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Open access

Jacqueline Byrne, Tomás Dwyer and Declan Doyle

Abstract

Organisations with market-oriented cultures outperform other organisations. Thus, the creation of such a culture is paramount. This paper details how distinct layers of an organisation’s culture can in combination influence market-oriented behaviours. The importance of organisational culture in the successful implementation of a market orientation strategy has been recognised. However, an awareness of how the layers of organisational culture, such as values, norms and artefacts, can contribute to market-oriented behaviour is still under research. The layers of organisational culture were thus investigated in three mixed-method case studies of Irish companies utilising a questionnaire survey, interviews and observations. The core conclusion of the study is that the combined synergistic effect of the particular unique organisational cultural layers in a company encourages market-oriented behaviours. This research adds necessary details for managers who seek to develop and create a market-oriented culture to improve company performance.

Open access

Gabriel J. Costello

Abstract

The purpose of this paper is to contribute to the literature on theories of the firm and argues for the importance of an innovation-based view (IBV). In doing so, it examines the incumbent management theories of the firm, resource-based view (RBV), knowledge-based view (KBV) and dynamic capabilities, considering the recent developments in the academic literature and in the nature of the firm. The research approach of abduction (conceiving of theory) proposed by Peirce and described by Van de Ven is used. A conceptual framework that incorporates the growing influence of information and communications technology and open innovation on the characteristics of the firm is developed. The managerial tradition that originated in the scholarship of Edith Penrose is used to develop the framework, as opposed to the lens of economic ‘black box’ theories.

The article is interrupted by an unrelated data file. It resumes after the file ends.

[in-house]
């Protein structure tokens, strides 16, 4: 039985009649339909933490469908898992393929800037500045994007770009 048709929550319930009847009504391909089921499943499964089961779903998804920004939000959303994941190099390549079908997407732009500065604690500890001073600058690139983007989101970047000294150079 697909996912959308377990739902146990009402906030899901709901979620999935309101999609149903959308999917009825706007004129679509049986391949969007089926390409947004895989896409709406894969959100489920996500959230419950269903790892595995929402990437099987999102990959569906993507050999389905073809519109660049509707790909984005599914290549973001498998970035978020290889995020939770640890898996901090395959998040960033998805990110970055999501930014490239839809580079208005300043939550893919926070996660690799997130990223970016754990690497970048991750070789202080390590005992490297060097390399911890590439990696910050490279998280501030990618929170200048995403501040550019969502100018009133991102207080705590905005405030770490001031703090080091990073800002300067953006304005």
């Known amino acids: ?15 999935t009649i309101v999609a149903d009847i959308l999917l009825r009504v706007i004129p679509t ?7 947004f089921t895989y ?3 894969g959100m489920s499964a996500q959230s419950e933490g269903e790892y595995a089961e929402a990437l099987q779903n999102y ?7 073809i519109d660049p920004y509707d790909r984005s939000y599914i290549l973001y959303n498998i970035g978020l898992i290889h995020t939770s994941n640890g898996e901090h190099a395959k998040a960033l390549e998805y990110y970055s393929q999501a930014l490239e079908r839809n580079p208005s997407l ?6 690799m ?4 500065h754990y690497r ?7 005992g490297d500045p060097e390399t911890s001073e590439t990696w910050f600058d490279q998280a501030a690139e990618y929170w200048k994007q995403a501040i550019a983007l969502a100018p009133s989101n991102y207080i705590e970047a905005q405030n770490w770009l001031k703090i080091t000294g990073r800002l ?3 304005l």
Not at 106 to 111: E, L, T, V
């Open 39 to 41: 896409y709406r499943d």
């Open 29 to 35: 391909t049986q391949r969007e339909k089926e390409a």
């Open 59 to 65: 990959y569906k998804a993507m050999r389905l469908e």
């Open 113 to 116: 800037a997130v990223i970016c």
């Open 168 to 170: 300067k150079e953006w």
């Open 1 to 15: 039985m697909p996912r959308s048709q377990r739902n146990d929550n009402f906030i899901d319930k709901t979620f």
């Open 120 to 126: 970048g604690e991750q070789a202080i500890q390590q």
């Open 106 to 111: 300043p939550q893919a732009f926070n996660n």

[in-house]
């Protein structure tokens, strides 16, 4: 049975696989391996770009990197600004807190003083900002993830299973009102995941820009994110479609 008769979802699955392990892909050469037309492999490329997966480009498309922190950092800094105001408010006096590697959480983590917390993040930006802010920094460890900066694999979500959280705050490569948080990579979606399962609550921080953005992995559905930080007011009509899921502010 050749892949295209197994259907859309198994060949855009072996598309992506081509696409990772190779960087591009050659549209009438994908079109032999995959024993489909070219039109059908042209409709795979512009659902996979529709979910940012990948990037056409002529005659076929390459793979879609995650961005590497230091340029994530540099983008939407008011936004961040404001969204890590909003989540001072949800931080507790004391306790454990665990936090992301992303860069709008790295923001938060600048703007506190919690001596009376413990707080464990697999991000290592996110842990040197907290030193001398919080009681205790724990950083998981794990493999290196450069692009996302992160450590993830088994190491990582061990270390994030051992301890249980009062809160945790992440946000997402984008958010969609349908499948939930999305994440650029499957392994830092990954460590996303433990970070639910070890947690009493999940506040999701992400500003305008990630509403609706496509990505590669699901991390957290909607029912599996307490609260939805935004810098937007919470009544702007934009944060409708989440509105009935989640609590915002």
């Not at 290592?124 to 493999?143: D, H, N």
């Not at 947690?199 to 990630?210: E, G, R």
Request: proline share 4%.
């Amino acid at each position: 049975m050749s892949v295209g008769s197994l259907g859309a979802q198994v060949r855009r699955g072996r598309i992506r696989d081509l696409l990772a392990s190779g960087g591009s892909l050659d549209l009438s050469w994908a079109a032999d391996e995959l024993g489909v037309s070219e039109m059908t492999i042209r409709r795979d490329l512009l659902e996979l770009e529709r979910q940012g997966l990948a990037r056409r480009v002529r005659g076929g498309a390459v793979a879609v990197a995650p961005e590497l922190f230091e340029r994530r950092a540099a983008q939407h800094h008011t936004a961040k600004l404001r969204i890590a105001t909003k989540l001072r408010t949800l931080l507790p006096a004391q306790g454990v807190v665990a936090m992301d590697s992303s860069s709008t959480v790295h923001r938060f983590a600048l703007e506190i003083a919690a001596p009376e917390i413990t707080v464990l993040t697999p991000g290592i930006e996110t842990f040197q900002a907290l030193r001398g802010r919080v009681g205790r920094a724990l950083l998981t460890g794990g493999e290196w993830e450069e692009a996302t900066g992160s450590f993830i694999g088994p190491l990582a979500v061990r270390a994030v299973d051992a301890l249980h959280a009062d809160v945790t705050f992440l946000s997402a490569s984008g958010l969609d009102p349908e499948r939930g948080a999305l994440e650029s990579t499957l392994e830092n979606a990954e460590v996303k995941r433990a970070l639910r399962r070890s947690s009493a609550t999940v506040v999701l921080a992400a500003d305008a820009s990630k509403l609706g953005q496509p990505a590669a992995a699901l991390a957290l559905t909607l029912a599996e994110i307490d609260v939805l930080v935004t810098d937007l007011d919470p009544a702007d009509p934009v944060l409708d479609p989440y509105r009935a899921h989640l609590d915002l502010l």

Open access

Desmond Gibney and Martin Quinn

Abstract

This study details the management practices of a malting business called Bennetts of Ballinacurra (Bennetts), from approximately 1920s to the mid-1930s, a period when the Irish Free State was in its infancy. There is little extant literature on the management practices of Irish businesses of the time. Archival records, containing the company’s books, records and correspondence, were our primary source. Our findings revealed a relatively sophisticated management information system for which its merchant background and close connections to Arthur Guinness & Sons Ltd. (Guinness) were a potential explanatory factor. In addition, despite the business being small, the study revealed how management coped with issues such as business structure and industrial relations in a time of great political and economic change. There is scope for future research to utilise the archives of Bennetts, as well as other archives identified in our study.

Open access

Book Review on HR from the Outside In: Six Competencies for the Future of Human Resources